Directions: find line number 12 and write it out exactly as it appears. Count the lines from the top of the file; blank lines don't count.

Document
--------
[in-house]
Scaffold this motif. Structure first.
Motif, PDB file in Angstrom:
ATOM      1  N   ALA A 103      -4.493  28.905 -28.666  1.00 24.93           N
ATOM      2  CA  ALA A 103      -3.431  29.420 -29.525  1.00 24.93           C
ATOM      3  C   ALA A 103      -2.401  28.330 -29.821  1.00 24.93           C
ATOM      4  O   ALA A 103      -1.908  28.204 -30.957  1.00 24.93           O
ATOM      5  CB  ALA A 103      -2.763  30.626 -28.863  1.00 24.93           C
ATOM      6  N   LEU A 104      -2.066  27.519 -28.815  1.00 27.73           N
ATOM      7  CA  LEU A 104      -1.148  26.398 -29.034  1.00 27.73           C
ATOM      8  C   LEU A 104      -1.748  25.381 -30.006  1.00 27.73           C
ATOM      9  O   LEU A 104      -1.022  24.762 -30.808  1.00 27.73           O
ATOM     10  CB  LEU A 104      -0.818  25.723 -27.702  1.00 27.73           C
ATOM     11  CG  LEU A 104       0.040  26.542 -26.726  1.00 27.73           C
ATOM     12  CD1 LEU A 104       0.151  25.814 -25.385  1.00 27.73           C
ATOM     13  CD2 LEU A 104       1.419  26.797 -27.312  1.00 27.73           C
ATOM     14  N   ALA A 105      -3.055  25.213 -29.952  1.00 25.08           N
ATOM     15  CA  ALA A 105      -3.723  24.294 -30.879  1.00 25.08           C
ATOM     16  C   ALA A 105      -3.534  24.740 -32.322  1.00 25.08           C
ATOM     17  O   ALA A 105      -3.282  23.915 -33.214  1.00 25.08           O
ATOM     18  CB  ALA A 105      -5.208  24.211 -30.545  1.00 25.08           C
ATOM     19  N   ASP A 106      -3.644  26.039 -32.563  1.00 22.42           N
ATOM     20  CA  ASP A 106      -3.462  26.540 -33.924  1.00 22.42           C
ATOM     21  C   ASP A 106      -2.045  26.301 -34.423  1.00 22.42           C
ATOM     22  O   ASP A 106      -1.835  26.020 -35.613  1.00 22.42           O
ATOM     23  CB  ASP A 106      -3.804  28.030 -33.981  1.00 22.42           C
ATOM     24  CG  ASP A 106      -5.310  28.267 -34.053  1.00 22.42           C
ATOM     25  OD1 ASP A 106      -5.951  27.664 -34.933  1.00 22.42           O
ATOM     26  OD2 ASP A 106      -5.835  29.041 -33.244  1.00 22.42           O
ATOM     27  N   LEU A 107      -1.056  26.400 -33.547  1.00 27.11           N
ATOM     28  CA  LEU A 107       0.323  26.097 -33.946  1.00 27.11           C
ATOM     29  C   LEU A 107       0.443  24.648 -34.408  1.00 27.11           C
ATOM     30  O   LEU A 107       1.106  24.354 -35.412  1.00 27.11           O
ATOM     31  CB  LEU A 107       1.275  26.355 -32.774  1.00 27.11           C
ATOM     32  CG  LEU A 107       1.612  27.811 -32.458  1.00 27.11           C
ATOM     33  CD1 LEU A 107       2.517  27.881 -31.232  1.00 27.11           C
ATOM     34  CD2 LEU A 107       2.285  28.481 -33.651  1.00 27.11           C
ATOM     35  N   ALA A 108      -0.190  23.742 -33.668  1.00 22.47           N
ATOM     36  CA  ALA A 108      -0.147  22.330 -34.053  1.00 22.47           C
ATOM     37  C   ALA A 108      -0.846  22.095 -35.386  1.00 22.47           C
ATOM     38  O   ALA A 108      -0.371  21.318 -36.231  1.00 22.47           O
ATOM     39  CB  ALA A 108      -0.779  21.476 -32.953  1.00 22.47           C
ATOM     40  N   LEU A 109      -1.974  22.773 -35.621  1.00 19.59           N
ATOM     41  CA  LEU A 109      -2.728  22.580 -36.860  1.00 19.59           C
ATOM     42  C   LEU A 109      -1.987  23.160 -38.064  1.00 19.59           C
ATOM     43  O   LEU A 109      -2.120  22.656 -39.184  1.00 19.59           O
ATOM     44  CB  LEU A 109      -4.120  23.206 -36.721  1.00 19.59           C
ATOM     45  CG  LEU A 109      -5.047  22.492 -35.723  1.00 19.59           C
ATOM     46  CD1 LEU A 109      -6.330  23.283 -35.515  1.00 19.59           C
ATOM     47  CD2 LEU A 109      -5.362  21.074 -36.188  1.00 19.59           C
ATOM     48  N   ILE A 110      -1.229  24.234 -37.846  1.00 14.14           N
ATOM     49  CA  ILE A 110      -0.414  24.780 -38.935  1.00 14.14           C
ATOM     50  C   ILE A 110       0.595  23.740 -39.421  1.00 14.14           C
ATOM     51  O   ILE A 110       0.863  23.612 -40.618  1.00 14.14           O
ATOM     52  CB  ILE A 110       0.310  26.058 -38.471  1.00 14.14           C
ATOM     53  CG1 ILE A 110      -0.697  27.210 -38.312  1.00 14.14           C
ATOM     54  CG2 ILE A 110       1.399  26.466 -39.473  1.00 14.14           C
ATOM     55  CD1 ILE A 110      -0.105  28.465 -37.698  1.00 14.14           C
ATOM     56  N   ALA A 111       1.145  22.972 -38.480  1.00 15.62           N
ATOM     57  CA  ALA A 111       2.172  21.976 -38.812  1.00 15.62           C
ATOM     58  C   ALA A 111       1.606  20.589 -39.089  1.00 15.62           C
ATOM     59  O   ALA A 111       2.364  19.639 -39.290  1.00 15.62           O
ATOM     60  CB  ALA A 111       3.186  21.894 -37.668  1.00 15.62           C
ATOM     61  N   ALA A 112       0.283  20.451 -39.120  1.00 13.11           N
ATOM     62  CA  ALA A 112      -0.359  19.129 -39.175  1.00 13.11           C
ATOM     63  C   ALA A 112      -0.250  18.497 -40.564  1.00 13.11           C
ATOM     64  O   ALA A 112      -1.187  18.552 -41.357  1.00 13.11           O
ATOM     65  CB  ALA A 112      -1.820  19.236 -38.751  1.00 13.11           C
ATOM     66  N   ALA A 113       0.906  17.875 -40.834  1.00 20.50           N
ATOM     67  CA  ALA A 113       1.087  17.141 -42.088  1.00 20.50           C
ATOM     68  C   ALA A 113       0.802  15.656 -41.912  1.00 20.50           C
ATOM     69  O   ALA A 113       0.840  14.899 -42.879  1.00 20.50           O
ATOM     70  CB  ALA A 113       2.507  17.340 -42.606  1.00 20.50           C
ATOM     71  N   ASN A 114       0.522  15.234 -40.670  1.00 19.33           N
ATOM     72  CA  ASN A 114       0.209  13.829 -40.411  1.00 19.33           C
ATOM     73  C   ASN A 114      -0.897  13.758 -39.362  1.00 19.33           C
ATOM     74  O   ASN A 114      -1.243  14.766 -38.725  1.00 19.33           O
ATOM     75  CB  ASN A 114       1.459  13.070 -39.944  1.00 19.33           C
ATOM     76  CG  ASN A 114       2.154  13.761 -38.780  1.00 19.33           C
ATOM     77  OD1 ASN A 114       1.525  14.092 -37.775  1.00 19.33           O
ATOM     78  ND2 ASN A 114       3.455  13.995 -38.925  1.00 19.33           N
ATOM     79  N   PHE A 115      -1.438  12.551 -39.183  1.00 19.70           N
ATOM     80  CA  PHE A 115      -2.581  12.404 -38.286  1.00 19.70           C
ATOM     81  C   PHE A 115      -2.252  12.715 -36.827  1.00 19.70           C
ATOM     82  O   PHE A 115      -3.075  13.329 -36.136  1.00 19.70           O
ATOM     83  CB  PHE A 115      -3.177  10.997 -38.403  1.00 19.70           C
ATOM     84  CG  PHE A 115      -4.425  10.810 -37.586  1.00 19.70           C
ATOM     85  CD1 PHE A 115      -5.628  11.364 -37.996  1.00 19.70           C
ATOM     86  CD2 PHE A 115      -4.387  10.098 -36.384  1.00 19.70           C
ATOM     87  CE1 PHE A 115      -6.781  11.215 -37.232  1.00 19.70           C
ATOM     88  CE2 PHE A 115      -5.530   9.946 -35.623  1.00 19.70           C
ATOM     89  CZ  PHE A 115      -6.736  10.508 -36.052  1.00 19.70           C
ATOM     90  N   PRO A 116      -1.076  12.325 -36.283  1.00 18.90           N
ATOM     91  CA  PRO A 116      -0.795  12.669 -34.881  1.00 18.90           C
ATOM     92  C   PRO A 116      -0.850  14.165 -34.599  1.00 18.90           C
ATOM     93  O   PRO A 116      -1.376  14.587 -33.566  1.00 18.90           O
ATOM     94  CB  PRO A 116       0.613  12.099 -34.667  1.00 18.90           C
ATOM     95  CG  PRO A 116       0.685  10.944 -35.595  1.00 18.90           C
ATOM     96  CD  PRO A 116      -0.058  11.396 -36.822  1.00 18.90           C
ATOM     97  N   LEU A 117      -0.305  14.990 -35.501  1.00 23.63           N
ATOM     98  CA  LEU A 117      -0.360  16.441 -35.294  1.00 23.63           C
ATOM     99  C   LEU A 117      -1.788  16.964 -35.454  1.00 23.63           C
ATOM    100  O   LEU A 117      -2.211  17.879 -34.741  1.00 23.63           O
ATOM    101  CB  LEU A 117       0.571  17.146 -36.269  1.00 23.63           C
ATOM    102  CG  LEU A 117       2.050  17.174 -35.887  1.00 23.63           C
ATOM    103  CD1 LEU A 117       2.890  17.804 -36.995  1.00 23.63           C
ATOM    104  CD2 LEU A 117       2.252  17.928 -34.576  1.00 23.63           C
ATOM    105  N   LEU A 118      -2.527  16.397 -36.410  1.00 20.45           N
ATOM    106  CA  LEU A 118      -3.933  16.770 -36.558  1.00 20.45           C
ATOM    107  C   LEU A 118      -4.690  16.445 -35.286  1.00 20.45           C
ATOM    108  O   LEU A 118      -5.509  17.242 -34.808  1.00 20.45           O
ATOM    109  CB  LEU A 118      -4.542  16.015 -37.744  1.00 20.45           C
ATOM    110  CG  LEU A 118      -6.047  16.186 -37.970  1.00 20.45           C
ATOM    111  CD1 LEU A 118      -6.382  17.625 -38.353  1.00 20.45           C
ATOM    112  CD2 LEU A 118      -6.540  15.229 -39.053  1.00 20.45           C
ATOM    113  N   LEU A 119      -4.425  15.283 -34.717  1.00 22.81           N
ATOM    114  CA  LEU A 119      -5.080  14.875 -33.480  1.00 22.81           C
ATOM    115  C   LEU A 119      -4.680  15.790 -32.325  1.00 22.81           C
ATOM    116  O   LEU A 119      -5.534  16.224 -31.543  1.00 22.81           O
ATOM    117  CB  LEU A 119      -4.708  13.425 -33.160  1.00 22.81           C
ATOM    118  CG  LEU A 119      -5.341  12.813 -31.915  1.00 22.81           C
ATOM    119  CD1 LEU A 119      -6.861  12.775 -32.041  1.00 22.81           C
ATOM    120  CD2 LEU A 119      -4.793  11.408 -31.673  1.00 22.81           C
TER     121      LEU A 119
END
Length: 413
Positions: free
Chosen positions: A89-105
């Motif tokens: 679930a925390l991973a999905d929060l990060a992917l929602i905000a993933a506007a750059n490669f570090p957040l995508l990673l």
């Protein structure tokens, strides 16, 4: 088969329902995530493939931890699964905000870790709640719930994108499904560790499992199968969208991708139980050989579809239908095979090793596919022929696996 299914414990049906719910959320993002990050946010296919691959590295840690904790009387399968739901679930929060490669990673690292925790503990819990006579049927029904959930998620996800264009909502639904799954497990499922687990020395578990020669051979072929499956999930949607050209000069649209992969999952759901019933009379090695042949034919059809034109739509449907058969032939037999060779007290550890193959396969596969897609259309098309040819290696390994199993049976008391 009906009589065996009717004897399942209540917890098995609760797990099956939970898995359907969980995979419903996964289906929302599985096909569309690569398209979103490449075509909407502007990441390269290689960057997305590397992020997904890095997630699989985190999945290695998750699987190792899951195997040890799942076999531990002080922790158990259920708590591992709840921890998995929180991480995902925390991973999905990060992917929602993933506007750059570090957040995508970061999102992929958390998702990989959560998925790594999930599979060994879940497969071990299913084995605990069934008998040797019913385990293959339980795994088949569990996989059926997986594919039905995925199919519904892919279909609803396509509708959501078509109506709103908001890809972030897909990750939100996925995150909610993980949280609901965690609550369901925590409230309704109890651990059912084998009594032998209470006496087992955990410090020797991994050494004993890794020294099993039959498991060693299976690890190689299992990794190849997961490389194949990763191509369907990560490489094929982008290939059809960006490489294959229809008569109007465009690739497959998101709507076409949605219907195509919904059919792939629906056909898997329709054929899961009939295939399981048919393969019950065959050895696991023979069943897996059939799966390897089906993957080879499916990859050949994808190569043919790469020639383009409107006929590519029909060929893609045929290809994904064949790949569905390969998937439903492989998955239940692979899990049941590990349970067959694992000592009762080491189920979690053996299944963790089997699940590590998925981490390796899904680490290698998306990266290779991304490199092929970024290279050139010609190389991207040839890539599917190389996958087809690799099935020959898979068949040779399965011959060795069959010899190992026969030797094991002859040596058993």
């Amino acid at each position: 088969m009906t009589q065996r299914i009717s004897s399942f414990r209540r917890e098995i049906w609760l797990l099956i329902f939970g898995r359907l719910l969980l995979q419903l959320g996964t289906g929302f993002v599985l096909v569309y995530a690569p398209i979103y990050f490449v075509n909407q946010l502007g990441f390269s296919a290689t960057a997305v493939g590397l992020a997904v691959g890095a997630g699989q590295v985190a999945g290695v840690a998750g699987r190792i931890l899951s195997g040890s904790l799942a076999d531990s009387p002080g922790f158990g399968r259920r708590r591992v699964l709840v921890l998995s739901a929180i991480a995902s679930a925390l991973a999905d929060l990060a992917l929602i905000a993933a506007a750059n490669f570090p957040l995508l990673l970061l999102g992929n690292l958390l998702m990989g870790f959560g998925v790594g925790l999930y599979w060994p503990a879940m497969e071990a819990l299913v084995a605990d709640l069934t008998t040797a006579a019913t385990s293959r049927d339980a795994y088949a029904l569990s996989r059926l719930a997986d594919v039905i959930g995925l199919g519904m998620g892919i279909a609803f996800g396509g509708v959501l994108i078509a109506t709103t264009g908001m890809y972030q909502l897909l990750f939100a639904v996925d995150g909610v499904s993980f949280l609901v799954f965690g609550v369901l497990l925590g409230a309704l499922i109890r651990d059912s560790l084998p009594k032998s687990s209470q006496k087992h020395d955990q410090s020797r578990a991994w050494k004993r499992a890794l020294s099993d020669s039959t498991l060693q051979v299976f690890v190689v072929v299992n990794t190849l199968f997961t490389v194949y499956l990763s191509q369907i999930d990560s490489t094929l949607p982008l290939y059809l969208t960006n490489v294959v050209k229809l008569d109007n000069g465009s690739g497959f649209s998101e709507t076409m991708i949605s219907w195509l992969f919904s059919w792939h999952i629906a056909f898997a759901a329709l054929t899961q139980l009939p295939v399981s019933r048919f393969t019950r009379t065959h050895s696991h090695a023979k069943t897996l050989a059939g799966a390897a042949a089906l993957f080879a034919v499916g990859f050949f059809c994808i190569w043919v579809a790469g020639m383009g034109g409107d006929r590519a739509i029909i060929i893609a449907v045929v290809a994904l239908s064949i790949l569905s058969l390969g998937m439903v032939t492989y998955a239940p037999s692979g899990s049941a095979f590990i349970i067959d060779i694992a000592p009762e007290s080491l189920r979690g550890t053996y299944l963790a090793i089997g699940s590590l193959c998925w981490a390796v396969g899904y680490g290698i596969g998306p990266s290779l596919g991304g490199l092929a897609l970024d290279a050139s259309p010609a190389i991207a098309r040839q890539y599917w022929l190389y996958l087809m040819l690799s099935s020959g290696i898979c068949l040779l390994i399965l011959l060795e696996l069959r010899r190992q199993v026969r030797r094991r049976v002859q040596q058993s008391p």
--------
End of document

ATOM      9  O   LEU A 104      -1.022  24.762 -30.808  1.00 27.73           O